Gene therapy research has reached a critical phase. Already practised on humans as part of strictly controlled experiments, gene therapy promises to become a widely available form of treatment for injury and disease. However, advances in the science of gene therapy have a darker side: gene doping--the unscrupulous use of genetic modification to enhance athletic ability by athletes, sportspeople and coaches.
"We have seen an interest among individuals who contact gene researchers for the purpose of doping in sport," said Karolinska Institutet's Professor Arne Ljungqvist, Sweden's most well-known anti-doping expert and chairman of WADA's (World Anti-Doping Agency) Health, Medical and Research Committee. "This is a disturbing trend because not only is gene doping in sport wrong, it can also be extremely dangerous."
The current status of research in the field of gene-doping detection will be presented at an international symposium to be held at Karolinska Institutet in Stockholm, Sweden on 45 December 2005. Two press conferences will be held in connection with the symposium (see below), which will be attended by the world's leading gene researchers and some of the sporting world's most prominent personalities.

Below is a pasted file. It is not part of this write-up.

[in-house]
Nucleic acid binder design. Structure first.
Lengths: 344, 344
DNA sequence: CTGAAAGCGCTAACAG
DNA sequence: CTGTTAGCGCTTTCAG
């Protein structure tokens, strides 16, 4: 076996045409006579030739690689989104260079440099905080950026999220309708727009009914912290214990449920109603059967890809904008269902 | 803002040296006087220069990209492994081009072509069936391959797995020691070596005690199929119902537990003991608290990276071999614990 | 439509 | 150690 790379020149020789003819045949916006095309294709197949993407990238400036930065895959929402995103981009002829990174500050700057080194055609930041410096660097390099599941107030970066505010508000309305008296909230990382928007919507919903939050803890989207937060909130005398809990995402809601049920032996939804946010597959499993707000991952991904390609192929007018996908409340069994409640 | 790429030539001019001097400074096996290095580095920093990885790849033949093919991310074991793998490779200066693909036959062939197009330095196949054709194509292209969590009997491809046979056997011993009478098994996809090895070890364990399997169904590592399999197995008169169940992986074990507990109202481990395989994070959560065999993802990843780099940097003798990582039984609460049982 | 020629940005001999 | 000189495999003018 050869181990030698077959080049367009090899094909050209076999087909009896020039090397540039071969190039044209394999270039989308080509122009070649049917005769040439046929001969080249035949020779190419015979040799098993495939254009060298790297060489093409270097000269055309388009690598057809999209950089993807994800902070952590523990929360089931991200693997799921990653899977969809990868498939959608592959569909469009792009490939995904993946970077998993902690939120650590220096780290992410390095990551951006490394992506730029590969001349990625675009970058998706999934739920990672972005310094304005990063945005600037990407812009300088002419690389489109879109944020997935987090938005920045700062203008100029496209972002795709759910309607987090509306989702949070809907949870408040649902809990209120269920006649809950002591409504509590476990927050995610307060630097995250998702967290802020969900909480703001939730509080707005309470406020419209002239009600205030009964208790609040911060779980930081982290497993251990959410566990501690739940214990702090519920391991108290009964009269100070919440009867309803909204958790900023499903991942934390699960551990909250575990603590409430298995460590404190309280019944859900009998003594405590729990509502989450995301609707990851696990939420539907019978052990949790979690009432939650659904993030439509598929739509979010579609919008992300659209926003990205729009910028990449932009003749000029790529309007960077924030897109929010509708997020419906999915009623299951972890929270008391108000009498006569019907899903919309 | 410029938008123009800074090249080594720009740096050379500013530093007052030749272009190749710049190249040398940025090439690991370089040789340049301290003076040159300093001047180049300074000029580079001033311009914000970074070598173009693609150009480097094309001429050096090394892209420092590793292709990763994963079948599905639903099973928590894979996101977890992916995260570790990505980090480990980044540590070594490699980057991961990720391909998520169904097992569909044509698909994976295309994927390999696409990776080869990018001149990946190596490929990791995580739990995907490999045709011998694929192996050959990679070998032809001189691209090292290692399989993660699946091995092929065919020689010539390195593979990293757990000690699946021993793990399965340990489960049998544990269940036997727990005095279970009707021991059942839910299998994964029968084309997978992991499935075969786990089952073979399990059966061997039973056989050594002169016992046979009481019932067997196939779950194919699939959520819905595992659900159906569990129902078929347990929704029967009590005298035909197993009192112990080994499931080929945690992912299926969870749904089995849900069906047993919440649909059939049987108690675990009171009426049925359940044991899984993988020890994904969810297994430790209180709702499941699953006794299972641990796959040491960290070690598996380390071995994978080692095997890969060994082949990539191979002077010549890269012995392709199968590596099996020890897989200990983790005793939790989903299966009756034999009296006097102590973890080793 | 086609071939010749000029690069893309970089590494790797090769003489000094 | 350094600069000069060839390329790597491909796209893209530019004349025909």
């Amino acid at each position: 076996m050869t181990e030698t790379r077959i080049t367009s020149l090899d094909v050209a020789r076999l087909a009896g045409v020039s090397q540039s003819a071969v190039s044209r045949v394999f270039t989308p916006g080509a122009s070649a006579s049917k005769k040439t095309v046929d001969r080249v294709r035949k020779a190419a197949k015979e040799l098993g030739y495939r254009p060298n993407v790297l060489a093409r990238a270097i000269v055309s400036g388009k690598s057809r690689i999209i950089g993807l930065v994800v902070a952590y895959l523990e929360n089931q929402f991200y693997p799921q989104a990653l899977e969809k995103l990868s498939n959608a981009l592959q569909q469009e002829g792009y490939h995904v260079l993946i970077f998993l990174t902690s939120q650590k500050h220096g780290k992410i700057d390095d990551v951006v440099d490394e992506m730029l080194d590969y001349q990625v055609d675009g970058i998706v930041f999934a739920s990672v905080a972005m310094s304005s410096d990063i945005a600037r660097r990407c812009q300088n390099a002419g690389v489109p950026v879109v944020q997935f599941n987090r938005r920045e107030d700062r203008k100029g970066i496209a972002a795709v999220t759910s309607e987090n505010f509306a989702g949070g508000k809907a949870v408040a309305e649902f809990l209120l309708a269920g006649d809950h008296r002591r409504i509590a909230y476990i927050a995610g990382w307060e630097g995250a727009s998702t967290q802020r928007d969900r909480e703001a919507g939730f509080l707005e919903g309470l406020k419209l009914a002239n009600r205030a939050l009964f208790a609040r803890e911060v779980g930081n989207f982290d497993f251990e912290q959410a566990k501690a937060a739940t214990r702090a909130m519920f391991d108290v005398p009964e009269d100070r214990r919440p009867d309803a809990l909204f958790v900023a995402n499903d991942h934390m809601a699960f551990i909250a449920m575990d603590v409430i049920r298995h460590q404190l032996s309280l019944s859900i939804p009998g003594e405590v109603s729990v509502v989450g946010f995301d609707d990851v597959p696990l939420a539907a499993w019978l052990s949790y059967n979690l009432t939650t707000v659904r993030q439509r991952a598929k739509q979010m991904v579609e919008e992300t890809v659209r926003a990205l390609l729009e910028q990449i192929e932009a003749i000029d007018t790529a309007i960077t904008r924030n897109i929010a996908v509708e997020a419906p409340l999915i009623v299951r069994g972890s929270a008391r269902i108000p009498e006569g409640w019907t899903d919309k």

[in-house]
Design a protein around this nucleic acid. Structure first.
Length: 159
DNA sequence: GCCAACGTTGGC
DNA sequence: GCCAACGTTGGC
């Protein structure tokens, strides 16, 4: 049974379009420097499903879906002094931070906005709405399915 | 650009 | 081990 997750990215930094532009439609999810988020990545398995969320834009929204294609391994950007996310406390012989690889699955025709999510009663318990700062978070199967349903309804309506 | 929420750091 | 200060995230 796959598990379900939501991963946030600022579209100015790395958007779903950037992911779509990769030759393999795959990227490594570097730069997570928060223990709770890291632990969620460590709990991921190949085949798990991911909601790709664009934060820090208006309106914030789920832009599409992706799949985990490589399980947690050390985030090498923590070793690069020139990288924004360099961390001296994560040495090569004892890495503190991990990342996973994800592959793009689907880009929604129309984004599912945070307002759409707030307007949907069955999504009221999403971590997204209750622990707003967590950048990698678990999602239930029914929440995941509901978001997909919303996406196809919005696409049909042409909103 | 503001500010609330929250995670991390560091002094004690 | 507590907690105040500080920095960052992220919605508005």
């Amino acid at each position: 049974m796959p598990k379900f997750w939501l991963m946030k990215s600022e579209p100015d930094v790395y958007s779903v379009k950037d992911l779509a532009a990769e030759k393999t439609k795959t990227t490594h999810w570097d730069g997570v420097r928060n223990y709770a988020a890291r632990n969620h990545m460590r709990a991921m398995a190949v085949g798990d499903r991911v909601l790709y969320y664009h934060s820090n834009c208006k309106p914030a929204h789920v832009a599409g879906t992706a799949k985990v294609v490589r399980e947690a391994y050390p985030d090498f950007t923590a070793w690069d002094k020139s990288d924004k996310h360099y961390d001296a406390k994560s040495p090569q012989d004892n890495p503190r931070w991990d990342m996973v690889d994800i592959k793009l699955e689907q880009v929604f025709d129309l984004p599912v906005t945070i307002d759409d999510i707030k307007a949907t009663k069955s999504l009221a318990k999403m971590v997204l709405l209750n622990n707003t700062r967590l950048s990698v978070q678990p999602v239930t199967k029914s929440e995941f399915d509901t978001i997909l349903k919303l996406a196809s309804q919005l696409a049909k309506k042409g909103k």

"Gene doping represents a serious threat to the integrity of sport and the health of athletes," said WADA chairman Richard W. Pound. "As the international organisation responsible for promoting, coordinating and monitoring the global fight against doping in sport in all its forms, WADA is devoting significant resources and attention to ways that will enable us to detect gene doping so that we can catch the cheaters, level the playing field and ensure the safety of athletes. The 2nd WADA Symposium on Gene Doping promises to help advance these efforts."